Police said they believe a nightclub blaze that killed 234 people and left scores fighting for their lives was triggered by a cheap flare that musicians lit as part of an indoor light show.

Police also believe that key evidence -- including security footage that would have documented the early Sunday blaze in the southern college town of Santa Maria -- has been hidden from investigators.

Investigators are under pressure to solve the case as Brazil, host of the 2014 World Cup and the 2016 Olympic Games in Rio de Janeiro, is attempting to prove that they can safely host large public events.

Police on Monday arrested the two owners of the Kiss nightclub, and two musicians who allegedly took part in the ill-fated pyrotechnic show.

Santa Maria police chief Marcelo Arigony told reporters Tuesday that the musicians bought a flare for the show "that they knew was designed exclusively for outside use," but was much cheaper than indoor flares.

Arigony also ran down a long list of nightclub security violations, including a lack of emergency lights, fire extinguishers that did not work and may have been only for show, and an overcrowded dance floor.

Police were also trying to find the footage from the security cameras.

"The video cameras weren't in the nightclub (where they were supposed to be) and there was no computer with memory for storage," said prosecutor Veruska Agostine.

The club owners claim the surveillance system had not been working for two months.

Police also were searching for the club's cash register, which could help determine whether the establishment was overcrowded.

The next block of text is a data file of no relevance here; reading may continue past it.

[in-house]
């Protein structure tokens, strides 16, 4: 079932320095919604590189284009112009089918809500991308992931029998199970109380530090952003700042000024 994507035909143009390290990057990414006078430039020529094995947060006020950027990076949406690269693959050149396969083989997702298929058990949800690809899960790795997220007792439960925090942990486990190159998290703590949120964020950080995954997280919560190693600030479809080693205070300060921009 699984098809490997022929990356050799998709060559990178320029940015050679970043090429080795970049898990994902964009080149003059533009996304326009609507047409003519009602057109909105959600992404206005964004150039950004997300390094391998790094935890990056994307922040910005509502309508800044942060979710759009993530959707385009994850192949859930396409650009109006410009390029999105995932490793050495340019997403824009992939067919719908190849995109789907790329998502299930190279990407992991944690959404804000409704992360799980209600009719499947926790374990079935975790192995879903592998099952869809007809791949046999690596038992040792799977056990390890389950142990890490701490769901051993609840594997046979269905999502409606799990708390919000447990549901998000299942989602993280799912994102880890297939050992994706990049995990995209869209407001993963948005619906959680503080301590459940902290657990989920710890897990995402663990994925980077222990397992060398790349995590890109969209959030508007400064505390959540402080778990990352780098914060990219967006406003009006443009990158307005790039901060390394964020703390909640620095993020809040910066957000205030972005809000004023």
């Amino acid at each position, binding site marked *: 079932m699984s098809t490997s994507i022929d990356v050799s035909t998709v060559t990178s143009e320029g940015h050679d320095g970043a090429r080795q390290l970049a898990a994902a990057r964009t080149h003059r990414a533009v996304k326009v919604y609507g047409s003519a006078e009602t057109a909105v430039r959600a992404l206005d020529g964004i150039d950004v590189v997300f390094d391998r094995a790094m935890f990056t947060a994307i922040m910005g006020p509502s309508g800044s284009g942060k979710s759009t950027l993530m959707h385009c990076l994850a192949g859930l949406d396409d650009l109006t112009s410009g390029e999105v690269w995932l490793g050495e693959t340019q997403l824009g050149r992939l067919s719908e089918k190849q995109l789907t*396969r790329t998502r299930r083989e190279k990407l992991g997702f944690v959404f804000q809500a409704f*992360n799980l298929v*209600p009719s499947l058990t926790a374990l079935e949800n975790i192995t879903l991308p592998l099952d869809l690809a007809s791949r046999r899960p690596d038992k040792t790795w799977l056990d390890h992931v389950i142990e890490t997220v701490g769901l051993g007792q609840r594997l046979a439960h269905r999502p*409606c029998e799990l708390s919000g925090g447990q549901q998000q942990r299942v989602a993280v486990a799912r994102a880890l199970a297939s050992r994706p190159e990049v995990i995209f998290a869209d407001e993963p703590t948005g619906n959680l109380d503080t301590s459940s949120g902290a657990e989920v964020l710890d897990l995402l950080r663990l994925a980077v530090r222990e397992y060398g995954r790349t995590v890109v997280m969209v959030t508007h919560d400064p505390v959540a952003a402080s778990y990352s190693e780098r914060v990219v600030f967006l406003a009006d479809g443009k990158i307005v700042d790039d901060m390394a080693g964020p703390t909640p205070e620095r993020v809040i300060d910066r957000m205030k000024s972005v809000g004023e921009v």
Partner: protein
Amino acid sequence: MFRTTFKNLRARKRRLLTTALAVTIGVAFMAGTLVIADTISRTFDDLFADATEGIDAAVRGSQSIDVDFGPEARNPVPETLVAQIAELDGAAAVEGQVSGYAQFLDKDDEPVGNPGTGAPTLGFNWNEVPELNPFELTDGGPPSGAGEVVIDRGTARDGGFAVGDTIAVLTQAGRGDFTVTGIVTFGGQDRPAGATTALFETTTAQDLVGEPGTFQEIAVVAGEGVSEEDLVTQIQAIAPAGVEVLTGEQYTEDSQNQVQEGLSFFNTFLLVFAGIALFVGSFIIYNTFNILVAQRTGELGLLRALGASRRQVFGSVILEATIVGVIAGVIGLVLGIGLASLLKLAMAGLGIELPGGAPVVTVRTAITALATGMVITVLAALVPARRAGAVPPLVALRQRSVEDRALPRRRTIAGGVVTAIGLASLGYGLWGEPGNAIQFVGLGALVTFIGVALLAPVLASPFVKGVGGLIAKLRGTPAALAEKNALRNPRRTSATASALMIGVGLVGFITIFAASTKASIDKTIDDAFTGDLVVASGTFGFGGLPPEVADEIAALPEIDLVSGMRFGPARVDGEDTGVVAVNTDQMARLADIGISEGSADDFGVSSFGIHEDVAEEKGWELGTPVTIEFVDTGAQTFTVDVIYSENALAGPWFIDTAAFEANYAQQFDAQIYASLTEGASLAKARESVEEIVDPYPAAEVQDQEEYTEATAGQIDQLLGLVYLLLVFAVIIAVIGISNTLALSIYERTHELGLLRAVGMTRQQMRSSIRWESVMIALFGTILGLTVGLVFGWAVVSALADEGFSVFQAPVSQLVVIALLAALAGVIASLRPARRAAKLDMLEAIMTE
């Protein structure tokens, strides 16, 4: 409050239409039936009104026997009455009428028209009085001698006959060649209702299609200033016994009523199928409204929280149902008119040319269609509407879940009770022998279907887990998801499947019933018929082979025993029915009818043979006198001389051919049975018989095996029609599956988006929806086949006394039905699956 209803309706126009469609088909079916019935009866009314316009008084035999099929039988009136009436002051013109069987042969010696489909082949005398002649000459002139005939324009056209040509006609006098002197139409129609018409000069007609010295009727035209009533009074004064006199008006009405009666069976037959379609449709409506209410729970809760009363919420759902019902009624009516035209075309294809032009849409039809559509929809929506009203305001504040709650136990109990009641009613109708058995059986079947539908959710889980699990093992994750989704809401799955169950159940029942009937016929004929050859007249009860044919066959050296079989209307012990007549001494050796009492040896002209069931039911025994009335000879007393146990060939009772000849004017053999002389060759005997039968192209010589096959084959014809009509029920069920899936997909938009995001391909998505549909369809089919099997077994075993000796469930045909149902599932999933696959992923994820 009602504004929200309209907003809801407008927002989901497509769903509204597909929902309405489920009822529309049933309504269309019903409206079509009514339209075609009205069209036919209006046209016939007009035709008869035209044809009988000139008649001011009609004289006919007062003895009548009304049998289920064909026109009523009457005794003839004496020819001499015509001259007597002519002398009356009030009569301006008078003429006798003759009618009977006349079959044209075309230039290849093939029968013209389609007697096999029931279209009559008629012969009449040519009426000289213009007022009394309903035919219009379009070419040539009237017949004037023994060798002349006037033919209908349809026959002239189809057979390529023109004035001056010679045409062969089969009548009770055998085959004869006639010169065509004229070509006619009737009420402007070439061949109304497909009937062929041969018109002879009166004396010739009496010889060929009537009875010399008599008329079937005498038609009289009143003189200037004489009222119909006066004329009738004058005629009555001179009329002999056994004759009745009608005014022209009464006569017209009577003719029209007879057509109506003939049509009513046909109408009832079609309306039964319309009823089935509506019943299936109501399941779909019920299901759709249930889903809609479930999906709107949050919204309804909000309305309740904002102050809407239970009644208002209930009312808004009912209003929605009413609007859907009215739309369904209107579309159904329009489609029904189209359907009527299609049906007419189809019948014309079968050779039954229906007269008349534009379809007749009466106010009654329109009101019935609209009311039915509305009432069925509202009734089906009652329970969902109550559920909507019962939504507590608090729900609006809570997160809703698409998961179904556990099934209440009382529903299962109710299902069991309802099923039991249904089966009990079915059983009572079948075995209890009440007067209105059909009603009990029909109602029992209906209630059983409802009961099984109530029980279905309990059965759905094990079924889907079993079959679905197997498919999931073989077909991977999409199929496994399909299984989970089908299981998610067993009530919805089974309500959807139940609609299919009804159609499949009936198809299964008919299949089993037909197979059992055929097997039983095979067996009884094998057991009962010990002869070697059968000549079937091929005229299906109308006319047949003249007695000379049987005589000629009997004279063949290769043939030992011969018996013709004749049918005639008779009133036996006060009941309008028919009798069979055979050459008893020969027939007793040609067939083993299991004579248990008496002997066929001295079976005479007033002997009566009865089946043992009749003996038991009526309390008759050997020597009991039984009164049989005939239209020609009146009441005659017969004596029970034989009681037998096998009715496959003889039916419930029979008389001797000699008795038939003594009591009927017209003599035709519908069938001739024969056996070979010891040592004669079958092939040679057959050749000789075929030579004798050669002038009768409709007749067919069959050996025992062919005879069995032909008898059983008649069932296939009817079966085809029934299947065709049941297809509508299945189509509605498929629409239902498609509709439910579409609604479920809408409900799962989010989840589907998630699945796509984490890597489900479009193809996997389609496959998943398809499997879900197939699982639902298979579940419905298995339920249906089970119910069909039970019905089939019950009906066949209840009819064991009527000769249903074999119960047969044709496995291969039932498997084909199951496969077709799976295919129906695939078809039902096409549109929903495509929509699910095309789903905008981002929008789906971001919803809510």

Some survivors said they saw the vocalist of the Gurizada Fandangueira band light the fireworks at around 2:00 am (0400 GMT) Sunday, when the fire broke out.

The drama was caused by "the use of fireworks in a closed space" where there were "too many people," Major Jerson da Rosa Pereira of Santa Maria's fire department told AFP.

The club, which was open despite an expired license, had only one working exit that, according to survivors, was unmarked and blocked by steel barriers, which made it difficult to get out.

Some 180 bodies were found in the bathrooms, which many panicked party-goers had apparently confused with emergency exits.

Some survivors also said that security guards initially blocked the exit as they tried to stop customers from leaving without paying their bar tabs.

Most of the victims died of smoke inhalation in their desperate bid to escape.

Health Minister Alexandre Padilha said the death toll was at 234, while 75 people remain in intensive care in serious condition.

The state of Rio Grande do Sul, where Santa Maria is located, has frozen the assets of both the club owners and their company.

Meanwhile, mayors of several cities announced more stringent oversight of nightclubs during their annual meeting with President Dilma Rousseff. In the Amazon city of Manaus, Mayor Arthur Virgilio Neto closed down and fined 15 nightclubs that were not up to code.

The head of Brazil's lower house of Congress also said he was forming a committee to come up with federal safety codes to prevent such fires and harmonize local and state regulations.

The Brazilian blaze even led Nicaraguan President Daniel Ortega to issue an order Tuesday banning all pyrotechnics at indoor entertainment centers.

As anger mounted, some 15,000 people marched through Santa Maria late Monday demanding justice for the dead.

"I know that my daughter isn't coming back. But somebody has to pay for this," said marcher Jorge Neves, who lost his daughter Rafaella.

Mario Birnfeld do Canto, a doctor at the private Caridade Hospital, went through a cruel twist of fate: having to treat his own 18-year-old daughter, Mariana, after the tragedy. He was unable to save her.

"I never have seen anything like this. Almost 300 young people piled up and suffocated to death. We as a Brazilian society cannot allow this to happen, for 300 kids to die like that," he said.

[Image via Agence France-Presse]